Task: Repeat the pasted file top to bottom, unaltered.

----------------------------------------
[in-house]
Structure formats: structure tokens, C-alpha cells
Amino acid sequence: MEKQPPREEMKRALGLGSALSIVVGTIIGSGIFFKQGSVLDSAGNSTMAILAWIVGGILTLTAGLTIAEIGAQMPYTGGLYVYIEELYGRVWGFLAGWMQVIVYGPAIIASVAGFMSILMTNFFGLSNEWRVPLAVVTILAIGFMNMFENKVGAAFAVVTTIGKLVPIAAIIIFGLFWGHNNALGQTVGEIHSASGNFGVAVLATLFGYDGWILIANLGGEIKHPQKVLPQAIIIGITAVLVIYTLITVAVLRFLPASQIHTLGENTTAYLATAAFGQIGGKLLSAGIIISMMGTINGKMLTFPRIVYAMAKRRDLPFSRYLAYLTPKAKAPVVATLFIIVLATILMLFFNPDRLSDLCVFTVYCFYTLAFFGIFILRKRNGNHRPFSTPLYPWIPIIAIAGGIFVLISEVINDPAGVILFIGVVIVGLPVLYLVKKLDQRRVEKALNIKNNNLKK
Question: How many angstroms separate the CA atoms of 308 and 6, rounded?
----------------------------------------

[in-house]
Structure formats: structure tokens, C-alpha cells
Amino acid sequence: MEKQPPREEMKRALGLGSALSIVVGTIIGSGIFFKQGSVLDSAGNSTMAILAWIVGGILTLTAGLTIAEIGAQMPYTGGLYVYIEELYGRVWGFLAGWMQVIVYGPAIIASVAGFMSILMTNFFGLSNEWRVPLAVVTILAIGFMNMFENKVGAAFAVVTTIGKLVPIAAIIIFGLFWGHNNALGQTVGEIHSASGNFGVAVLATLFGYDGWILIANLGGEIKHPQKVLPQAIIIGITAVLVIYTLITVAVLRFLPASQIHTLGENTTAYLATAAFGQIGGKLLSAGIIISMMGTINGKMLTFPRIVYAMAKRRDLPFSRYLAYLTPKAKAPVVATLFIIVLATILMLFFNPDRLSDLCVFTVYCFYTLAFFGIFILRKRNGNHRPFSTPLYPWIPIIAIAGGIFVLISEVINDPAGVILFIGVVIVGLPVLYLVKKLDQRRVEKALNIKNNNLKK
Question: How many angstroms separate the CA atoms of 308 and 6, rounded?